With help from its pastor’s scientific bent, New Jersey’s Hildale Park Presbyterian Church creates hundreds of face shields for medical staff
by Tammy Warren | Presbyterian News Service
LOUISVILLE — Many individuals and churches have answered the call to make cloth masks to address the shortage of personal protective equipment for frontline medical professionals.
But a Presbyterian pastor in northern New Jersey, a COVID-19 hotspot early in the pandemic, had another idea.
“Once the hospitals had expressed openness to using homemade cloth masks, I began to ponder what other pieces of PPE we could crowd-source and produce at home to help contain the spread of infection and keep our health care workers safe,” said the Rev. Ross Lang, pastor of Hildale Park Presbyterian Church in Cedar Knolls, New Jersey. “With input from health care workers about what they needed, I landed on the idea of face shields.”
With feedback from nurses and a hospital infection control department, Lang created a prototype face shield from recyclables — but learned that common household plastics tended to produce a faceplate that was too narrow. Next, he tried to make face shields from clear page protectors. That didn’t work either: they were too flexible and too short.
“My background in biotechnology prior to seminary helped to familiarize me with the PPE used to protect laboratory workers from pathogens and noxious chemicals,” he said, “but for this project I’m probably more indebted to the childhood interest in science that led me to that major.”
Lang’s mother, Cynthia Knox Lang, is a computer scientist, chemical engineer and a deacon in the Presbyterian Church (U.S.A.). Through her encouragement, he competed in numerous science and design fairs growing up. In his science fair days, he won a competition by using $60 in household supplies to perfectly duplicate the specifications and functions of an incubator that cost more than $1,000. “The lesson — that you can make sensitive scientific equipment at home that functions as well as something you buy from a scientific supply company — was vital for the face shield project,” he said.
To be approved for use by hospital staff, even in a crisis, Lang learned that a face shield would have to meet strict standards: It would need to cover the entire face and neck of even the tallest medical workers, while not touching any part of the face with plastic; have space underneath for a mask, glasses or safety goggles; be very clear; be resistant to fogging or wrinkling; have a curved lower edge to clear the shoulders when the head is turned side to side; and have a large enough elastic band to be comfortable to wear during a 10-hour shift. Nadia Sohan, RN, who attends Hildale Park Presbyterian Church, was a vital link between the congregation and the hospital. “She kept bringing back feedback from nurses and infection control and helping us refine our design into something genuinely useful,” Lang said.
A material shortage, especially of elastic, and the closure of sewing and craft stores, added to the challenge.
Lang made a YouTube video to show the process of making a home-made shield to help essential workers flatten the curve, and asked community residents to donate elastic to the cause. “The response was overwhelming,” Lang said. Within 48 hours, over 200 yards of the appropriate-size elastic had been donated, enough to produce 600 face shields.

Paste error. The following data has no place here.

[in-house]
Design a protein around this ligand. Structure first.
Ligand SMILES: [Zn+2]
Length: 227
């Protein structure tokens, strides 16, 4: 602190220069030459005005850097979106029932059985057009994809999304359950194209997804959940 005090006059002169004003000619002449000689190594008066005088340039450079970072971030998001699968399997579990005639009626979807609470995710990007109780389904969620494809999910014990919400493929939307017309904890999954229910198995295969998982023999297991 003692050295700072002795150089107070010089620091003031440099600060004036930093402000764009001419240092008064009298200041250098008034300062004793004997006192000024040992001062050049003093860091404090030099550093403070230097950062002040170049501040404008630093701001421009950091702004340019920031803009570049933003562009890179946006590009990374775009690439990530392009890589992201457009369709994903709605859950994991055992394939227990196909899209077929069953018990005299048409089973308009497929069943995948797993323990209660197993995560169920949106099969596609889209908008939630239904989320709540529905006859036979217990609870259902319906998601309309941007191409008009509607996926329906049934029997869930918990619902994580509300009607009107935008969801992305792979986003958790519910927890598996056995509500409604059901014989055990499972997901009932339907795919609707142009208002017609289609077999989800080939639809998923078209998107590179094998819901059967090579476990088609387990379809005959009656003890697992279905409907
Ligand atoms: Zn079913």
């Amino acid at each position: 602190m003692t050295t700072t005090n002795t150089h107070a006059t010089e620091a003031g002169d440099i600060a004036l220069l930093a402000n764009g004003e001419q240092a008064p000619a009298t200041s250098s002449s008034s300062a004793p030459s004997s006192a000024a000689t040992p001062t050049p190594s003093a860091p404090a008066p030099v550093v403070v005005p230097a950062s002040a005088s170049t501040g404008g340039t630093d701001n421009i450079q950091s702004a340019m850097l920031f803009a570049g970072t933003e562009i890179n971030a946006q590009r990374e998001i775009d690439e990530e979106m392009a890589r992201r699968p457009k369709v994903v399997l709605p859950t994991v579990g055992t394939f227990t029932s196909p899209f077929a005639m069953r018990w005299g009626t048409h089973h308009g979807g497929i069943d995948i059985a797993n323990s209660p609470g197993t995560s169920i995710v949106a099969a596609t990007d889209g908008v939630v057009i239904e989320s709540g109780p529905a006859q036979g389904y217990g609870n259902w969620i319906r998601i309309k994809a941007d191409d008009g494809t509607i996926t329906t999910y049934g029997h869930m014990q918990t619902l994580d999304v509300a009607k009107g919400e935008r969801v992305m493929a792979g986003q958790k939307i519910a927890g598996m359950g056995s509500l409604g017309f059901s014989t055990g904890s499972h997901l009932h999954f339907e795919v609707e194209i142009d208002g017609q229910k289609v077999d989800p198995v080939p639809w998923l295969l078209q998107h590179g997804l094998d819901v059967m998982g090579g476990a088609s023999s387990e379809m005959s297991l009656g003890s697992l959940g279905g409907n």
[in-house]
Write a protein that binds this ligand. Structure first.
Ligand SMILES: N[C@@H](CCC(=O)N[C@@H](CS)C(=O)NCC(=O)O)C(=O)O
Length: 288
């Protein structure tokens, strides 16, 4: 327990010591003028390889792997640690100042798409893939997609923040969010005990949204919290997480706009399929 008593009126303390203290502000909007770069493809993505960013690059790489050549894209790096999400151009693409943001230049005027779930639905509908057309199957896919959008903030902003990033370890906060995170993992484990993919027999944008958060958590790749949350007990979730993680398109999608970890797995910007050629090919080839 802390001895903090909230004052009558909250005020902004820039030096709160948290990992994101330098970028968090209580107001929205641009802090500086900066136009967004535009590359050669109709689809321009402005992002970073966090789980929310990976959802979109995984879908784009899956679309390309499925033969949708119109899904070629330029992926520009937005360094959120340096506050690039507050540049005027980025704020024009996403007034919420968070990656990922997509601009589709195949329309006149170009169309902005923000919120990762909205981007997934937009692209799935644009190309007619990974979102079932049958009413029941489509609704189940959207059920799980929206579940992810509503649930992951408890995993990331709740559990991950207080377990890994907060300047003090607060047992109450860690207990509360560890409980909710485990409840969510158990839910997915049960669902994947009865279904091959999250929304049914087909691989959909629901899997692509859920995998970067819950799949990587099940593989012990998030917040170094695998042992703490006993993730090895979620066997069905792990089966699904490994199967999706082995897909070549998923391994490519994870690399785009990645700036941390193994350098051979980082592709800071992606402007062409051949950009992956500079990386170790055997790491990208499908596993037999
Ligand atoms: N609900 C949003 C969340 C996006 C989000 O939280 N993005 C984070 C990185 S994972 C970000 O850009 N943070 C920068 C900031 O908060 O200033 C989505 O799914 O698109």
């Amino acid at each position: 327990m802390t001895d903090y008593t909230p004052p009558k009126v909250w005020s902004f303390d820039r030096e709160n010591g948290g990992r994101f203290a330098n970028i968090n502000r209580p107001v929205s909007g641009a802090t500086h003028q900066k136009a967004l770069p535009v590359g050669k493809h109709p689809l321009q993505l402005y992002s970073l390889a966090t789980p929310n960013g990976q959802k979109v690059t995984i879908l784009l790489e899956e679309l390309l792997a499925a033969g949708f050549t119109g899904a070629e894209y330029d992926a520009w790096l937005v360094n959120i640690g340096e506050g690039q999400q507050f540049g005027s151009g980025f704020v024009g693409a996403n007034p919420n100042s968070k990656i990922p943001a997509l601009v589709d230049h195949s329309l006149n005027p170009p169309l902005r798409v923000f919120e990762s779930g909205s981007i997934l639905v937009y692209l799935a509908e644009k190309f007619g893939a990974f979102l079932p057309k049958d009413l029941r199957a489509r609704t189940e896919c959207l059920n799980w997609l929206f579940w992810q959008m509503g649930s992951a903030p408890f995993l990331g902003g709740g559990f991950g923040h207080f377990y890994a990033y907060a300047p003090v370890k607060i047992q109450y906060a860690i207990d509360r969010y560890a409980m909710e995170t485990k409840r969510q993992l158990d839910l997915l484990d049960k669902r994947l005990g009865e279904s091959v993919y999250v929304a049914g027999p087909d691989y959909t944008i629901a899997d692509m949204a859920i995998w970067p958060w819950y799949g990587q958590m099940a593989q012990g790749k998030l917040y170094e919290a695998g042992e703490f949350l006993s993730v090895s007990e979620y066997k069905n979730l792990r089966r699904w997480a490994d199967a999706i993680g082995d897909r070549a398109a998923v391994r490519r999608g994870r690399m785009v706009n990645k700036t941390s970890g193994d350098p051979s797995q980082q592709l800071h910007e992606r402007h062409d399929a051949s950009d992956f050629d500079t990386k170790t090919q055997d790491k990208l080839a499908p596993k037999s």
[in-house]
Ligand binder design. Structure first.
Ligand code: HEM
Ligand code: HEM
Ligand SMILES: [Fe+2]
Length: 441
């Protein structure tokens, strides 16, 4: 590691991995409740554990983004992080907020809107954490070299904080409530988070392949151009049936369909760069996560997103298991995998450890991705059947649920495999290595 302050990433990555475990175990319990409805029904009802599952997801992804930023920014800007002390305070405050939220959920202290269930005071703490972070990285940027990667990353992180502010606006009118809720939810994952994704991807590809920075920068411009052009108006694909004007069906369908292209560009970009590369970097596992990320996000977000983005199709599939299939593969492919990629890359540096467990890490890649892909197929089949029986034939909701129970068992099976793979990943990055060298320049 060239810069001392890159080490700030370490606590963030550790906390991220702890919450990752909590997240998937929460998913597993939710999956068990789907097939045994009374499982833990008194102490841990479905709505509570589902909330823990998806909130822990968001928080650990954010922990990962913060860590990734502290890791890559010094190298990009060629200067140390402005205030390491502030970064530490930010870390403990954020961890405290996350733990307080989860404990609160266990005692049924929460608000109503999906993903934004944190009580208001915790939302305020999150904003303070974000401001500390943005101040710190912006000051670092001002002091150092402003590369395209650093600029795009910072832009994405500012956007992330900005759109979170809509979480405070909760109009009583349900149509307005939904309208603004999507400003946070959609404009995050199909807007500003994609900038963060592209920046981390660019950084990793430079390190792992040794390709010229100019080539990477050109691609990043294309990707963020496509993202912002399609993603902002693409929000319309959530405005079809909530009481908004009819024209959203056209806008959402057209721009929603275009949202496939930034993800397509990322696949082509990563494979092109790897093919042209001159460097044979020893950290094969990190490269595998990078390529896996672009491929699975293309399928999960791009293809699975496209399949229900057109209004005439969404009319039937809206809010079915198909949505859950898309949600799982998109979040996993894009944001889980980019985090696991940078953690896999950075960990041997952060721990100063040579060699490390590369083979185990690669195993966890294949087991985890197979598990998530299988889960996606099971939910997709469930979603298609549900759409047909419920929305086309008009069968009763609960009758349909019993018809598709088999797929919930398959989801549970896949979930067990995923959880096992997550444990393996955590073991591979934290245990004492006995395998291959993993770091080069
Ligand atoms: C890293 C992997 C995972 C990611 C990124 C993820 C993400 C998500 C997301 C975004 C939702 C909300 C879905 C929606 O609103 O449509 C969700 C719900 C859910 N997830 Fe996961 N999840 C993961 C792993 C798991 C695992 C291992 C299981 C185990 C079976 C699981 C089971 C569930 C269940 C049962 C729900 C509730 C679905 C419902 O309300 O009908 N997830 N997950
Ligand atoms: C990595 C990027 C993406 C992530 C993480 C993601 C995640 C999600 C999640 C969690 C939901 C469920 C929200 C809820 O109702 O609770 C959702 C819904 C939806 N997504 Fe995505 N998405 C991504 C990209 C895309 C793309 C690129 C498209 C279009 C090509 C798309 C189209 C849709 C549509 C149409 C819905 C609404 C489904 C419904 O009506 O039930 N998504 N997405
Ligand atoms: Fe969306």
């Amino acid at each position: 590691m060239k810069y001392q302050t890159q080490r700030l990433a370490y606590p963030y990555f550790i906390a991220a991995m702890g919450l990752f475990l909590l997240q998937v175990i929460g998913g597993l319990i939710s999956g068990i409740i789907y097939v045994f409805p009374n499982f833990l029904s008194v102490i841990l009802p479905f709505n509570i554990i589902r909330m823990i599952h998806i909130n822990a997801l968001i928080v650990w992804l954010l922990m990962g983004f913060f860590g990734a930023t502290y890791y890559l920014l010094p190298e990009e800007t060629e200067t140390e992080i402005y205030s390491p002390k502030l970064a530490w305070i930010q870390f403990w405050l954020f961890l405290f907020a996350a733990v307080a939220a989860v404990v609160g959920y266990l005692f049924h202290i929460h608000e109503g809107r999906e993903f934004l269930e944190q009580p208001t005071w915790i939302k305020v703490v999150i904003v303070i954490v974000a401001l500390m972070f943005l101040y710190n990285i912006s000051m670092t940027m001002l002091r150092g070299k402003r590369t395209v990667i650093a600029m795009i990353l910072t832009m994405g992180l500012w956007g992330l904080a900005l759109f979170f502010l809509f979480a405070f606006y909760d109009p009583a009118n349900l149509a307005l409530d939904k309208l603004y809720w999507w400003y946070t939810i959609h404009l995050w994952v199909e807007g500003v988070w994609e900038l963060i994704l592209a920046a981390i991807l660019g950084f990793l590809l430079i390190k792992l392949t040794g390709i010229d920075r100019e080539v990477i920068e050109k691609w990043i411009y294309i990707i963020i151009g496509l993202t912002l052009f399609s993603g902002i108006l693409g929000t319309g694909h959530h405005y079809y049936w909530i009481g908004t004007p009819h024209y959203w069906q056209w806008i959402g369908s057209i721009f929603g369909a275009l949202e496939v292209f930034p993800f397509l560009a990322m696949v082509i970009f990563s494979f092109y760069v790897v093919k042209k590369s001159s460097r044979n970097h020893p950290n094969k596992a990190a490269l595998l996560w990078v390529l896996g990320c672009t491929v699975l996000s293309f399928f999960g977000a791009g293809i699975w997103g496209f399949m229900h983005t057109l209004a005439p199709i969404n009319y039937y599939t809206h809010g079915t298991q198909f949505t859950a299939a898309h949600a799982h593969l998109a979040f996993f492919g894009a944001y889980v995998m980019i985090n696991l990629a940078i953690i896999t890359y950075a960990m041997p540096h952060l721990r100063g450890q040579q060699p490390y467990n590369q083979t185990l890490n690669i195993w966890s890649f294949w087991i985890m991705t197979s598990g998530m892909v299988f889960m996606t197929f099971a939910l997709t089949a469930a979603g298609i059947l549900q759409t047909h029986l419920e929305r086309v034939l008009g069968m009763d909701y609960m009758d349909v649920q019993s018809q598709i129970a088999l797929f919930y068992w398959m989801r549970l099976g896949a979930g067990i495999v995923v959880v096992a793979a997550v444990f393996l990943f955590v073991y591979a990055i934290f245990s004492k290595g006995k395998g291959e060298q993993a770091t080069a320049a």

Lang and his wife, Rebekah, produced the first 100 face shields, which were donated to Morristown Medical Center, a police officer and two emergency medical technicians on behalf of the church. The Presbyterian Women of Hildale Park and several individual members made contributions to cover the cost of supplies, and six members of the congregation volunteered to help produce the face shields, while social distancing and wearing N-95 masks themselves.
The church expects to deliver its 500th face shield within the next week or so, which is now in a sixth-generation design. Lang and the volunteers are working with a new plastic supplier and securing the elastic bands with swiveling aluminum rivets, allowing them to create 17”x11” semi-rigid face shields that are indistinguishable from commercially available shields in terms of feel, measurements, durability and functionality, at 80% lower cost to the church than buying a comparable commercial mask.
“While it has been a blessing to bring both the community and the church together to help protect those on the frontline fighting this disease, this is not a project that I hope to continue in the future,” Lang said.
“Coming from a scientific background prior to my time in seminary, I am aware of how desperate the times are for a hospital to deploy a medical device made in a kitchen, a family room or a fellowship hall in a patient-care environment,” Lang said. “For the time being, though, we are privileged to be called by God to continue this ministry to help protect those who are risking themselves on a daily basis for our health.”
The Rev. Ross Lang is pastor of Hildale Park Presbyterian Church in Cedar Knolls, New Jersey. After earning his undergraduate degree in English and biotechnology at Lafayette College where he was involved in Christian fellowship worship and leadership teams, he felt God calling him to become a pastor. At Princeton Theological Seminary, he earned both a Master of Divinity degree and a second master’s degree in theology with a focus on New Testament.
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Categories: Congregational Vitality, Faith & Worship, Matthew 25
Tags: biotechnology, Cedar Knolls, coronavirus, covid-19, face shields, Hildale Park Presbyterian Church, love thy neighbor, Love Your Neighbor, matthew 25, New Jersey, personal protective equipment, PPE, presbytery of newton, Rev. Ross Lang, science fairs
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